Written by Isabella Roy
Two disembodied legs hang from hooks on either side of the frame. Stiff and pale and dead, or so it seems. A stream of water pours down a beige brick wall behind them. There’s a moment of uncertainty, followed by a man in a blue jumpsuit shuffling into the frame.
He sprays the dangling left leg with a warm mist, giving it a waxy-tan color that skin sometimes has, bringing it to life. He doesn’t make any references to James Whale’s 1931 “Frankenstein,” nor does he say anything at all, instead he does the same to the right leg.
“Irregulars,” a short directed by Fabio Palmieri, obscurely and intentionally uses the images of a well-functioning mannequin factory and the narration of a refugee’s life (and almost death) to leave the audience feeling abandoned. And in doing so, he makes them observers to a fluid documentary and listeners to the tribulations of an innocent man who is a victim of circumstance.
Filmed in the similar style of the docu-series, “How It Is Made,” what is shown on screen is not what is heard or felt. The fluorescent lights and unforgivable whiteness of the shots are blinding, but they create an angelic halo around the multiple arms that hang from hooks.
It’s the same with the torsos and several vacant faces of crafted pseudo-people.
The footage is accompanied by the roaring factory hard at work, which eventually falls into the background as the somber voice over of a 20-year-old man begins. He tells us his story, about his journey from his now destroyed homeland and to anywhere, that will take him in.
It is clear that Cyrille Kabore, the narrator, does not speak English well, or perhaps even at all, as subtitles accompany the disturbing pan of the factory work to assist the audience’s understanding of his broken English. Kabore does not belong with the factory of people but metaphorically begs to convince the figures (and the audience) that he does.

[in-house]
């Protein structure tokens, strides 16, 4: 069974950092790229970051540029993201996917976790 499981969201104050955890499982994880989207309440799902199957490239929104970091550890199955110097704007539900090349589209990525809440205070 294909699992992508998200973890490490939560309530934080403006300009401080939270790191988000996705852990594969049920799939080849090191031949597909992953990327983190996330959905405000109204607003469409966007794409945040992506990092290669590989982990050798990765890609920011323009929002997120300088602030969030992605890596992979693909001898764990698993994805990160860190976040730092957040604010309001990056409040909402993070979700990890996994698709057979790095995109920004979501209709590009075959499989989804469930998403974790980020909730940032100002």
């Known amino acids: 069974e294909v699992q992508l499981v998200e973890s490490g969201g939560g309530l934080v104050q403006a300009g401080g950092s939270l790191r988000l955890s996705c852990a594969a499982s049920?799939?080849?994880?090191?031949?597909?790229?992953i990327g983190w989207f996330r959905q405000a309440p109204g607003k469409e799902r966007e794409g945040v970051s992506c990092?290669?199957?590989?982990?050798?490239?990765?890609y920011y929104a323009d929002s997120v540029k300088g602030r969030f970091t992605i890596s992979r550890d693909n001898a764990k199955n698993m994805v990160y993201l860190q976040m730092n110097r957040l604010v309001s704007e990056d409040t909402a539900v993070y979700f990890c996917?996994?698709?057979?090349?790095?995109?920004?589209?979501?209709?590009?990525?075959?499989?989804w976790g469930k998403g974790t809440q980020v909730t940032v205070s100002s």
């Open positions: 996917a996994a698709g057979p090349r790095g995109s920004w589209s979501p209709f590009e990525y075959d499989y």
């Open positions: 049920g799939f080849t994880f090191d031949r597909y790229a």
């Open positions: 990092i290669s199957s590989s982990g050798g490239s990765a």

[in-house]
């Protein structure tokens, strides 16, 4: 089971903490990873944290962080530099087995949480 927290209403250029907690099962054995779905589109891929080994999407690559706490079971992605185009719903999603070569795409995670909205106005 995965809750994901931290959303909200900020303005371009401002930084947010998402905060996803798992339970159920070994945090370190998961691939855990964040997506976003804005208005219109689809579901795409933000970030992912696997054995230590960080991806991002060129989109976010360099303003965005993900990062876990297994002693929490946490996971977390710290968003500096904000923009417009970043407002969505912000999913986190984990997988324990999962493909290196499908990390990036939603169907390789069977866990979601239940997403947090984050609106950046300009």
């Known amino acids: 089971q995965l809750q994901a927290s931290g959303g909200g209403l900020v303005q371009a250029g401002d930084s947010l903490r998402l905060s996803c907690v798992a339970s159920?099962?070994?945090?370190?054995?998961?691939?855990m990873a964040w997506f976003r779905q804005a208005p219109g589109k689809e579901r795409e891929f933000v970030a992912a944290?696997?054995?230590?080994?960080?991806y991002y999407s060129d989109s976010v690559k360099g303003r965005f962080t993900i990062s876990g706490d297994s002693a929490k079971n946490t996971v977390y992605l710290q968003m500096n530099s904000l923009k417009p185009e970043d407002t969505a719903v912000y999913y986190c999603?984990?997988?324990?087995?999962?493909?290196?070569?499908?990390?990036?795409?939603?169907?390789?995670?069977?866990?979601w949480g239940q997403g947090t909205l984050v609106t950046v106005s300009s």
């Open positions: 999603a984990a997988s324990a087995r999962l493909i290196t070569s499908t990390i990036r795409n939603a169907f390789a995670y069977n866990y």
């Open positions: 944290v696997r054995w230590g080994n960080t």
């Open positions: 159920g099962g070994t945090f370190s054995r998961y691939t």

The viewers spend their time watching how mannequins are formed, how pseudo-people are put together before they are shipped off to their homes, while the disembodied voice of a real-life outsider begs to belong to any home: “My homeland refused me. The land of my dreams did the same.”
Kabore speaks about his escape from Syria underneath the tire of a truck. He tells us about the difficult, treacherous work he completed to have his rights and compensation revoked. He tells us about his desire and need to belong somewhere amidst doors slamming in his face.
The combination of the footage with the voice-over of Kabore’s story is shocking to the senses. The unsettling heaviness felt in your chest does not leave for the nine-minute duration. But to Palmieri’s credit, that’s exactly what he wants you to feel. Alone. Abandoned. Unsettled. Just as Kabore feels because Kabore is not given the care that the disembodied legs are.
He is ignored and we have allowed him to be ignored. Palmieri does not put a face on the 400,000 Syrians who are excommunicated from their homes every year in his documentary, he gives them a voice instead.